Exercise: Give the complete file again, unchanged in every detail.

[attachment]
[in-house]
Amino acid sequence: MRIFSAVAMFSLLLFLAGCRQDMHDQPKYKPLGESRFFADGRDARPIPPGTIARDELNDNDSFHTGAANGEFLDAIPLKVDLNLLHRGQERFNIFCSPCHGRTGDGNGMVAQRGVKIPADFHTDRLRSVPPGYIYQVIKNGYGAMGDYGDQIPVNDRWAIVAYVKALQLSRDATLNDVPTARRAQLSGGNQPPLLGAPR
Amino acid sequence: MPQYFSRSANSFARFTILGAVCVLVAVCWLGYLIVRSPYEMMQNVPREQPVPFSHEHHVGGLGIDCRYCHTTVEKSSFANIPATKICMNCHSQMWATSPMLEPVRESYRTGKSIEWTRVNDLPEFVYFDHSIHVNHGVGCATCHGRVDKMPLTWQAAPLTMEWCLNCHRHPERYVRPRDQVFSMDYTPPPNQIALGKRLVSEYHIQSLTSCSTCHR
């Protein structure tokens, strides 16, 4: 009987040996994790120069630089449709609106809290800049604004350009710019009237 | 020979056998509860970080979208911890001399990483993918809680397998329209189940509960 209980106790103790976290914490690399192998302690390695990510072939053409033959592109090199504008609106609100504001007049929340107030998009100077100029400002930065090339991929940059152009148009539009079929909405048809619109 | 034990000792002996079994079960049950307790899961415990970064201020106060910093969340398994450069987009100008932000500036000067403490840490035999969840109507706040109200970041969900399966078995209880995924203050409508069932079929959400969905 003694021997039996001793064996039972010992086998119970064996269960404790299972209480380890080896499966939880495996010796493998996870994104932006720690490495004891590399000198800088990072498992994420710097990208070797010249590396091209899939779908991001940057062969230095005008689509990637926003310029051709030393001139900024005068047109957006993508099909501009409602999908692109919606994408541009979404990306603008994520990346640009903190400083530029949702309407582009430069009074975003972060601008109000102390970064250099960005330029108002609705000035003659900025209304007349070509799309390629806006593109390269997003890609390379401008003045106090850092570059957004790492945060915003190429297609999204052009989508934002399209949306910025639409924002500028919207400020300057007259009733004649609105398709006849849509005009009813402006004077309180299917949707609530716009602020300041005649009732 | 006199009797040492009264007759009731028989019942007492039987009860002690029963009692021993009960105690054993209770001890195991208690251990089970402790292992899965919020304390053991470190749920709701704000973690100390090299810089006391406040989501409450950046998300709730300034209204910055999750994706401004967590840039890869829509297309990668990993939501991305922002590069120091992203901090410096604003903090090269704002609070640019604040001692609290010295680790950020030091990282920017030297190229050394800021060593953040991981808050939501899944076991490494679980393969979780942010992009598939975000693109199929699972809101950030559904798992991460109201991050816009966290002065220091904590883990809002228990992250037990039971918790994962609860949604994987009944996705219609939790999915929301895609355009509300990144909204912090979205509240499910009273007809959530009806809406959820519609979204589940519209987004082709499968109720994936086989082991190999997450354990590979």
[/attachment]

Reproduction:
[in-house]
Amino acid sequence: MRIFSAVAMFSLLLFLAGCRQDMHDQPKYKPLGESRFFADGRDARPIPPGTIARDELNDNDSFHTGAANGEFLDAIPLKVDLNLLHRGQERFNIFCSPCHGRTGDGNGMVAQRGVKIPADFHTDRLRSVPPGYIYQVIKNGYGAMGDYGDQIPVNDRWAIVAYVKALQLSRDATLNDVPTARRAQLSGGNQPPLLGAPR
Amino acid sequence: MPQYFSRSANSFARFTILGAVCVLVAVCWLGYLIVRSPYEMMQNVPREQPVPFSHEHHVGGLGIDCRYCHTTVEKSSFANIPATKICMNCHSQMWATSPMLEPVRESYRTGKSIEWTRVNDLPEFVYFDHSIHVNHGVGCATCHGRVDKMPLTWQAAPLTMEWCLNCHRHPERYVRPRDQVFSMDYTPPPNQIALGKRLVSEYHIQSLTSCSTCHR
């Protein structure tokens, strides 16, 4: 009987040996994790120069630089449709609106809290800049604004350009710019009237 | 020979056998509860970080979208911890001399990483993918809680397998329209189940509960 209980106790103790976290914490690399192998302690390695990510072939053409033959592109090199504008609106609100504001007049929340107030998009100077100029400002930065090339991929940059152009148009539009079929909405048809619109 | 034990000792002996079994079960049950307790899961415990970064201020106060910093969340398994450069987009100008932000500036000067403490840490035999969840109507706040109200970041969900399966078995209880995924203050409508069932079929959400969905 003694021997039996001793064996039972010992086998119970064996269960404790299972209480380890080896499966939880495996010796493998996870994104932006720690490495004891590399000198800088990072498992994420710097990208070797010249590396091209899939779908991001940057062969230095005008689509990637926003310029051709030393001139900024005068047109957006993508099909501009409602999908692109919606994408541009979404990306603008994520990346640009903190400083530029949702309407582009430069009074975003972060601008109000102390970064250099960005330029108002609705000035003659900025209304007349070509799309390629806006593109390269997003890609390379401008003045106090850092570059957004790492945060915003190429297609999204052009989508934002399209949306910025639409924002500028919207400020300057007259009733004649609105398709006849849509005009009813402006004077309180299917949707609530716009602020300041005649009732 | 006199009797040492009264007759009731028989019942007492039987009860002690029963009692021993009960105690054993209770001890195991208690251990089970402790292992899965919020304390053991470190749920709701704000973690100390090299810089006391406040989501409450950046998300709730300034209204910055999750994706401004967590840039890869829509297309990668990993939501991305922002590069120091992203901090410096604003903090090269704002609070640019604040001692609290010295680790950020030091990282920017030297190229050394800021060593953040991981808050939501899944076991490494679980393969979780942010992009598939975000693109199929699972809101950030559904798992991460109201991050816009966290002065220091904590883990809002228990992250037990039971918790994962609860949604994987009944996705219609939790999915929301895609355009509300990144909204912090979205509240499910009273007809959530009806809406959820519609979204589940519209987004082709499968109720994936086989082991190999997450354990590979």